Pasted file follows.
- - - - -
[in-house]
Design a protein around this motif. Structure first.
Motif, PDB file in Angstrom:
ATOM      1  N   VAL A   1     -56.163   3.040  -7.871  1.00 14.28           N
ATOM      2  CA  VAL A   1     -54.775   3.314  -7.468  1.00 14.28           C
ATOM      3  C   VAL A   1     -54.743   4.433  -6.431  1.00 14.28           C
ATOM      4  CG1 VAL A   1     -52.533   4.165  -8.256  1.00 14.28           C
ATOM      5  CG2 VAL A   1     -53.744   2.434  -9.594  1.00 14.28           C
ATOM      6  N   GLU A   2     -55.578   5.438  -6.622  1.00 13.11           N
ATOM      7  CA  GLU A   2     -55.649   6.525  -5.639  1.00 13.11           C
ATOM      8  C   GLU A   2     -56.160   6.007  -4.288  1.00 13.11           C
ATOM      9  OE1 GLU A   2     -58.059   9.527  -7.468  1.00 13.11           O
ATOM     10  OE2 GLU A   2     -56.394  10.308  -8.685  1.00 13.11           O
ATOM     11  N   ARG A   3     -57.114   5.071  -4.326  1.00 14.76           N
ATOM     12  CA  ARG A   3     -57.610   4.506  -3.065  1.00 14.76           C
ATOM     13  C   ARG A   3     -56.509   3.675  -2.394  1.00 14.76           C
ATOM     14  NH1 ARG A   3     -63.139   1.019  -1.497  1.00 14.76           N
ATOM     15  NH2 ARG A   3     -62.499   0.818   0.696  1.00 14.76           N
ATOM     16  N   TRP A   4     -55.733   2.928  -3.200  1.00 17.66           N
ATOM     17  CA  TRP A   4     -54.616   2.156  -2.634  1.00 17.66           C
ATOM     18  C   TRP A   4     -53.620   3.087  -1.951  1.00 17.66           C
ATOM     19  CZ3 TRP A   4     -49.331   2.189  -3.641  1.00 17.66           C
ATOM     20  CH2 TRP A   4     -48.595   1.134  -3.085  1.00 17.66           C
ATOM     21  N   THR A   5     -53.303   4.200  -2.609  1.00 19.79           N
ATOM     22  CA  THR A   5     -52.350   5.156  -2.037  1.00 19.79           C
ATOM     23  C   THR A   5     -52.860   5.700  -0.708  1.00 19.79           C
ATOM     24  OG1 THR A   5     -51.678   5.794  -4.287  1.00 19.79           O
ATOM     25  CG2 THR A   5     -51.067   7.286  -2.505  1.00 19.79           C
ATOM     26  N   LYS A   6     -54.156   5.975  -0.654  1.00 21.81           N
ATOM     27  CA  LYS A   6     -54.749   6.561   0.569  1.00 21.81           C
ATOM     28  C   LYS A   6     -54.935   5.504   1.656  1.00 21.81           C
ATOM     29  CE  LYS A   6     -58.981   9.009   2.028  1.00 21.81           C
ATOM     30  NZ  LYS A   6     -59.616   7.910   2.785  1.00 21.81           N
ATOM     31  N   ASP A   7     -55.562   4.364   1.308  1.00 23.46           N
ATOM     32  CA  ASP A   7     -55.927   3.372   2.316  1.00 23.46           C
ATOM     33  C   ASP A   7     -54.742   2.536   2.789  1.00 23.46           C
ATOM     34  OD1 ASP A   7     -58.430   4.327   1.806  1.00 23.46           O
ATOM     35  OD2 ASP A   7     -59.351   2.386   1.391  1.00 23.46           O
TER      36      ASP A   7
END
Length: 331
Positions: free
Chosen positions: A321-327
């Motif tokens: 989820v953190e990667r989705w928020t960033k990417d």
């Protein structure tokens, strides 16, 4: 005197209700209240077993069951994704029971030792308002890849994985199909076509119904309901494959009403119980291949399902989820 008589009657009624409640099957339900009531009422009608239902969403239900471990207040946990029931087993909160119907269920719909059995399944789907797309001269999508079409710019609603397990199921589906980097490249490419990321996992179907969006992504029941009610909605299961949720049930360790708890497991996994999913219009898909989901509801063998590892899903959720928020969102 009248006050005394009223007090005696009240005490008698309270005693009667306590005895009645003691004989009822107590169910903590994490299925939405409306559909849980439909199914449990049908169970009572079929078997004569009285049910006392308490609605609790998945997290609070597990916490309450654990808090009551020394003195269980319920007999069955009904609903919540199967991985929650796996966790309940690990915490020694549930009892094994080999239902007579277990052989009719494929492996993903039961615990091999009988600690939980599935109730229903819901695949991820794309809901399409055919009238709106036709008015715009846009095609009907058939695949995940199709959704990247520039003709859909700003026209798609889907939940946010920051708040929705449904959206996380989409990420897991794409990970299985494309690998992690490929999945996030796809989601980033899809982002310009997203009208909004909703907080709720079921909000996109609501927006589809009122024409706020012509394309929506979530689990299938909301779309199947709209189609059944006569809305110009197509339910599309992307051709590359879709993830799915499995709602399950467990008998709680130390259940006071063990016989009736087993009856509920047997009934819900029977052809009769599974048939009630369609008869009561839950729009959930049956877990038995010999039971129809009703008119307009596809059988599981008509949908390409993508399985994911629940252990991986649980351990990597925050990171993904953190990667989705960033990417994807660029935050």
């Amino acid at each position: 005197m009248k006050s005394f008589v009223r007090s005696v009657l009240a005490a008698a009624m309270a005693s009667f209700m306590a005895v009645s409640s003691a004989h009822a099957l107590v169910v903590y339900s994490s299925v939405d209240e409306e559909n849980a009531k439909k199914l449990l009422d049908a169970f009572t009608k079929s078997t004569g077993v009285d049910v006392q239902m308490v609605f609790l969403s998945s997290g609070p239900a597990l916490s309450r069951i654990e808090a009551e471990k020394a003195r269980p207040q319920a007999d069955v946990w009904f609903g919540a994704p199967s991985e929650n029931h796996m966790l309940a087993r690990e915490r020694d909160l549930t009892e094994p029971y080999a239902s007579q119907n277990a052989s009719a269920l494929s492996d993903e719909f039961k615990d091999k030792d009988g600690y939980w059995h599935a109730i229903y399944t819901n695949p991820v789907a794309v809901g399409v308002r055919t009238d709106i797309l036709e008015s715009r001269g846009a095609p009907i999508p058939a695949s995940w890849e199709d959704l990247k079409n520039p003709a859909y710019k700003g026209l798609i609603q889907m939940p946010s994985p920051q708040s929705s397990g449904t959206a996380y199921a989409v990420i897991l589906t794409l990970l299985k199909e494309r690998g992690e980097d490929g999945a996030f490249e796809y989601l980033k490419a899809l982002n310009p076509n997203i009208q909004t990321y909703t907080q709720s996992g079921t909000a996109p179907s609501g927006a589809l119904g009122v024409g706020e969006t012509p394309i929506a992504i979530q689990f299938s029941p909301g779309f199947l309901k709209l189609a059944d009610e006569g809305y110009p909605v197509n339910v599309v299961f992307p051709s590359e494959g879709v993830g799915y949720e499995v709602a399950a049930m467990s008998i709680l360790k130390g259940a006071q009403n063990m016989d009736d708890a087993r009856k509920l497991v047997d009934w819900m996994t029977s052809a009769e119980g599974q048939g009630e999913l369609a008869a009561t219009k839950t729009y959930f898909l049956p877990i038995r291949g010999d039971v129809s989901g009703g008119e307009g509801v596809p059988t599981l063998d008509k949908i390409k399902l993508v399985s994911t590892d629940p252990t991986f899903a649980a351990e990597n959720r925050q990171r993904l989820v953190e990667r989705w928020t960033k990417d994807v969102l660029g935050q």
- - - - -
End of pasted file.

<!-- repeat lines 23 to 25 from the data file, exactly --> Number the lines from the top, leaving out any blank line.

ATOM     20  CH2 TRP A   4     -48.595   1.134  -3.085  1.00 17.66           C
ATOM     21  N   THR A   5     -53.303   4.200  -2.609  1.00 19.79           N
ATOM     22  CA  THR A   5     -52.350   5.156  -2.037  1.00 19.79           C